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Position Statement: H.R. 4239 SECURE American Energy Act

AAV Position Statement on House Resolution 4239: SECURE American Energy Act

The U.S Migratory Bird Treaty Act (MBTA) was passed in 1918 in order to protect migratory birds from excessive hunting. Since then, the MBTA has expanded its geographic area and the number of bird species protected. The MBTA now protects over 1,000 wild bird species in the United States. The MBTA provides criminal sanctions against the unpermitted “take” of protected bird species, including death, by any means or manner, regardless of fault. In the 1970s, U.S. prosecutors began charging industries, including oil and gas, mining, electricity, timber, and chemical companies, for accidental deaths and injuries to protected birds. Since then, the MBTA has served as a useful tool to help prevent unnecessary injury or death to birds. The U.S. Fish and Wildlife Service (USFWS) now requires best management practices for energy projects, such as the covering of open oil pits. The MBTA has also be used successfully to prosecute energy companies for violations of the Act. Over the past decade, several major energy companies have been fined in excess of $114 million, in part due to prosecution for violations of the MBTA including accidental deaths of golden eagles and other avian species associated with impacts with wind turbines and power lines and bird deaths associated with the largest oil spill in U.S history in the Gulf of Mexico.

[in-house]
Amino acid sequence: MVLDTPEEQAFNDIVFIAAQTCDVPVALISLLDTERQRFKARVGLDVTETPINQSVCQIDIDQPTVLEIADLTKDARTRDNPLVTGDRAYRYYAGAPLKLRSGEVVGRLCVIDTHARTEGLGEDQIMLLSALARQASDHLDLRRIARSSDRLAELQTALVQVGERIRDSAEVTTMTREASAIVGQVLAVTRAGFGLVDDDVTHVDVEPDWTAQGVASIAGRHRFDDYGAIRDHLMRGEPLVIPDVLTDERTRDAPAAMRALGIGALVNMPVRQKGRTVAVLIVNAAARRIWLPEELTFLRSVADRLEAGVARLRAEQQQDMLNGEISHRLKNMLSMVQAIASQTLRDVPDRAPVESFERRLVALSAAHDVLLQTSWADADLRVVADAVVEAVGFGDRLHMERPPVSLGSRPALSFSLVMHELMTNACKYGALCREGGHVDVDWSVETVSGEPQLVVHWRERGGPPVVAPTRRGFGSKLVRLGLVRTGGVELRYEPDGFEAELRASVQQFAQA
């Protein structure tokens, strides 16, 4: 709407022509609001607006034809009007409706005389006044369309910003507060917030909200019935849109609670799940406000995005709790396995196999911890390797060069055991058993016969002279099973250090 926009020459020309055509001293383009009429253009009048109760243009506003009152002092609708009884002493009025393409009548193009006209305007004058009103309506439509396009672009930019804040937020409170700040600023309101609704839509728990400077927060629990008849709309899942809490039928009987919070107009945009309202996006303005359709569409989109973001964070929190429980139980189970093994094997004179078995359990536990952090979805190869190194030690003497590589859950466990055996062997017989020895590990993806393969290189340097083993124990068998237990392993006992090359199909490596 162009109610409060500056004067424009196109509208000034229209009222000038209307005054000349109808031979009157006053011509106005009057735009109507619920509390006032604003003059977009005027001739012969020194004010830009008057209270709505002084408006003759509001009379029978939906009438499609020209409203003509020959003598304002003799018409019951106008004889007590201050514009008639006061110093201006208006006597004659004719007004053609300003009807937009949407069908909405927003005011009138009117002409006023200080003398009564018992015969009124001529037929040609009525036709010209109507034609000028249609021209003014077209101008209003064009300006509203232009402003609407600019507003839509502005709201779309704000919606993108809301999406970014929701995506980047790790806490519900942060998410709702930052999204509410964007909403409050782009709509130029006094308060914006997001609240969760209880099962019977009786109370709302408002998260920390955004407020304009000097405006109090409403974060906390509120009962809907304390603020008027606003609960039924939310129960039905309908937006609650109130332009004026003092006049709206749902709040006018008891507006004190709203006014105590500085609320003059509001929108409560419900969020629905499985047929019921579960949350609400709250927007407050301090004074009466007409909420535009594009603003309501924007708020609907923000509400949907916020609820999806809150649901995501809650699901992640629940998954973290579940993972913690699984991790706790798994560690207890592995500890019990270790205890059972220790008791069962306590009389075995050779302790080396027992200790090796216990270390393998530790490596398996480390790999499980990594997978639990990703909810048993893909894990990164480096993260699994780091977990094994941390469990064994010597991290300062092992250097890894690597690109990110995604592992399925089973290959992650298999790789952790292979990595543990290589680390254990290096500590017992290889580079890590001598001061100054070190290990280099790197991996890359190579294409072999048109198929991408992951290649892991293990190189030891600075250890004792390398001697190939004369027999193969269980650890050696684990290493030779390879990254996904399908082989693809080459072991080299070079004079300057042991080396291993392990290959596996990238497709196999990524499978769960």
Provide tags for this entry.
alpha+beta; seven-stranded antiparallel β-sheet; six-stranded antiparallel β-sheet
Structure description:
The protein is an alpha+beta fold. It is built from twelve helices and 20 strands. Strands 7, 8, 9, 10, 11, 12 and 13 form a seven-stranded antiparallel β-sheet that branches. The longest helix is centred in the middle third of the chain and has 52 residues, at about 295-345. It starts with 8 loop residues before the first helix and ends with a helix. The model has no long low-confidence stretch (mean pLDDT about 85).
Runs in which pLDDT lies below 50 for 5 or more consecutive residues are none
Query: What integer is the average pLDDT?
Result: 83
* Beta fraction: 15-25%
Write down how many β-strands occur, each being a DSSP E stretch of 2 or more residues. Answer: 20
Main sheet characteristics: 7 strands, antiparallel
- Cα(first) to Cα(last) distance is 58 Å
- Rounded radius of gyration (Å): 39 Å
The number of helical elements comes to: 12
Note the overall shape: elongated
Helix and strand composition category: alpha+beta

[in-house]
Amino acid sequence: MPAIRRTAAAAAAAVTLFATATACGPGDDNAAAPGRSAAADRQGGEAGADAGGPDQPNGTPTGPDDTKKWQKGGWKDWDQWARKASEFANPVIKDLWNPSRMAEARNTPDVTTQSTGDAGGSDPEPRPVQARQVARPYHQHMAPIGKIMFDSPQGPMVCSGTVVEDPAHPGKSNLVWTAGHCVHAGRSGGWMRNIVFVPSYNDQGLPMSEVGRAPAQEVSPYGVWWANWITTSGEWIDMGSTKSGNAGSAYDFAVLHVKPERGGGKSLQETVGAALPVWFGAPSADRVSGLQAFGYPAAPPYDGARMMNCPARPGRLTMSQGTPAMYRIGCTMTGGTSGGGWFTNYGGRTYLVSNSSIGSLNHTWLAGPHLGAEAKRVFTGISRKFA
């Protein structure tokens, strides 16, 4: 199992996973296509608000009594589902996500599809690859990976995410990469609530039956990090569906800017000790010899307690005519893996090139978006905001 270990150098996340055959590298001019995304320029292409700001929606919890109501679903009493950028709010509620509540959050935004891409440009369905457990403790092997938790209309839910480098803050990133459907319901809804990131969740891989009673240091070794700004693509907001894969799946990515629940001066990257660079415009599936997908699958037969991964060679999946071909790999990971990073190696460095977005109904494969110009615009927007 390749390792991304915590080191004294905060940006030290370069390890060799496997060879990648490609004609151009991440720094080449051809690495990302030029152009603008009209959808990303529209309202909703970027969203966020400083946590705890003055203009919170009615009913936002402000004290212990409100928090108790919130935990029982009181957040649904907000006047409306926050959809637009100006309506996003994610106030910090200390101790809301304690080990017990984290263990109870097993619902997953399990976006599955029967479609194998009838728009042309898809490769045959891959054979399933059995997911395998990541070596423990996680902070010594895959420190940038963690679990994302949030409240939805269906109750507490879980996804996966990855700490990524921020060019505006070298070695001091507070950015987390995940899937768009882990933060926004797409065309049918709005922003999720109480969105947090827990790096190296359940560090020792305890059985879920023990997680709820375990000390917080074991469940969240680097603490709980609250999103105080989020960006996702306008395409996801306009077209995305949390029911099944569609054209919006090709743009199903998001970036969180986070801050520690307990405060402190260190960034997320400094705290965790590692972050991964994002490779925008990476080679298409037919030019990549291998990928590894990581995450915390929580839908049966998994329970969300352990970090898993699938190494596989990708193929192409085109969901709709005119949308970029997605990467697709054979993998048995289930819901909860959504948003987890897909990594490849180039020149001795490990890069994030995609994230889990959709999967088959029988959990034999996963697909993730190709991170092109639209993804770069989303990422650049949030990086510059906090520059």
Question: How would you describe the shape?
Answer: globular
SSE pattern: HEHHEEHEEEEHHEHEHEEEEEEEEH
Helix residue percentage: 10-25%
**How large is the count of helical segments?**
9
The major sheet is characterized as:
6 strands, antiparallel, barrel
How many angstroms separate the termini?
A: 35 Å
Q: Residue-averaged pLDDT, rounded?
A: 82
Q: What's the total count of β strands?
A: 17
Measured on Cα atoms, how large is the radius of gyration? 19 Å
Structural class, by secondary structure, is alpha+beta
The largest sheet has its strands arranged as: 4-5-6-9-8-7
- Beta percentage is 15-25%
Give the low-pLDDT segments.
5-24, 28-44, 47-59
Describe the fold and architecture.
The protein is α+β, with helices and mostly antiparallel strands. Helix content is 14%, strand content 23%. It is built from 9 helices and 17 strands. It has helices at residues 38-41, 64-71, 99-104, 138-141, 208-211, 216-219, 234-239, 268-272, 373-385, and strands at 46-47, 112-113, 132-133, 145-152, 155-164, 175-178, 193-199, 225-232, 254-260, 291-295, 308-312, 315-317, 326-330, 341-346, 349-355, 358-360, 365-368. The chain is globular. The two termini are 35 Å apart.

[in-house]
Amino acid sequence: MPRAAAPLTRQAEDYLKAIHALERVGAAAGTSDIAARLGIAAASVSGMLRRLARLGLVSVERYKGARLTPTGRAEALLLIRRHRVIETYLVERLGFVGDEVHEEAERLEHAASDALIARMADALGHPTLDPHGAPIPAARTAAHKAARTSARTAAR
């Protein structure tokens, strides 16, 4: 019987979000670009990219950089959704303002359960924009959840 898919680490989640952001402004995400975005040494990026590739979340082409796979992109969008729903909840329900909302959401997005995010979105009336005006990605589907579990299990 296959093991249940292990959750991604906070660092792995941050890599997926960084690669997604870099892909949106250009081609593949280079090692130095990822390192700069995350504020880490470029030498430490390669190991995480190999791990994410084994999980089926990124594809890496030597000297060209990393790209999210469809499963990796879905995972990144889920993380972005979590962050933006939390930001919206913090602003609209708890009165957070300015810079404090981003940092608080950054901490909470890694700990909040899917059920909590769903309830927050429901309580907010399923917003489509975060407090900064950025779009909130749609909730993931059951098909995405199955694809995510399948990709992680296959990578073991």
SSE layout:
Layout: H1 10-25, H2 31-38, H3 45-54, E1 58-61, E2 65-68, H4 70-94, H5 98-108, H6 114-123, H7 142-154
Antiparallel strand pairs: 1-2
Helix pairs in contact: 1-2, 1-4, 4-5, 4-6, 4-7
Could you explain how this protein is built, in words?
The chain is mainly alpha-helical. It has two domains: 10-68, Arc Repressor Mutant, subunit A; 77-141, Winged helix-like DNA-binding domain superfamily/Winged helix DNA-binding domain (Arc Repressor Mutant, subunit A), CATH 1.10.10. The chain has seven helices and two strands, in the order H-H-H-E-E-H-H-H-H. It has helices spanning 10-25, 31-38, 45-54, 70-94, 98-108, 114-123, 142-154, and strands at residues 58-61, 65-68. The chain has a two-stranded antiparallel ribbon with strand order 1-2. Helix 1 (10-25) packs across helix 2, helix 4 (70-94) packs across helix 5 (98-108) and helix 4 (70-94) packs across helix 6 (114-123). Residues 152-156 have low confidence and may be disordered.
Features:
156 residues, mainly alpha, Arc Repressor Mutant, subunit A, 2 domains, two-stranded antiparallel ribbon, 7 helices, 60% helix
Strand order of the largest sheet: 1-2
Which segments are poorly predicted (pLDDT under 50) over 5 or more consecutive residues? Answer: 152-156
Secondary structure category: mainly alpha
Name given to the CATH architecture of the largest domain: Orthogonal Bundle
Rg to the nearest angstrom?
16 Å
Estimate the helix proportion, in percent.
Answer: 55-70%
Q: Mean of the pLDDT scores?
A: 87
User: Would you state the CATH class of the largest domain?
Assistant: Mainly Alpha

In November of 2017, the House of Representatives Committee on Natural Resources approved an energy bill, H.R. 4239 (Strengthening the Economy with Critical Untapped Resources to Expand American Energy Act, or SECURE American Energy Act). This bill removes liability to energy companies for the incidental or accidental “take” of bird species protected under the MBTA. If this bill passes in Congress, energy companies may be able to develop and build energy projects with impunity and with little regard to the accidental killing of protected birds. This will almost certainly­ result in more wild birds, perhaps millions more, dying from accidental causes directly related to energy projects.

 

The AAV believes that all industries, including energy companies, should be held accountable for their actions, including inadvertent bird deaths and injuries, associated with their activities. The AAV opposes any and all actions, including legislation, regulation, and opinion, that would undermine the MBTA. The AAV opposes H.R. 4239. 

 

The Association of Avian Veterinarians (AAV) is a professional veterinary organization that strives to advance and promote avian medicine, stewardship, and conservation. The AAV has more than 1500 members comprised of veterinarians, veterinary technicians, veterinary students, and allied professionals that work in private practice, colleges and universities, zoos, government, and industry. Many of the AAV’s members are considered global leaders in avian conservation and wild bird health. Among the key objectives for the organization, the AAV strives to preserve and protect birds in the wild and their native habitats.

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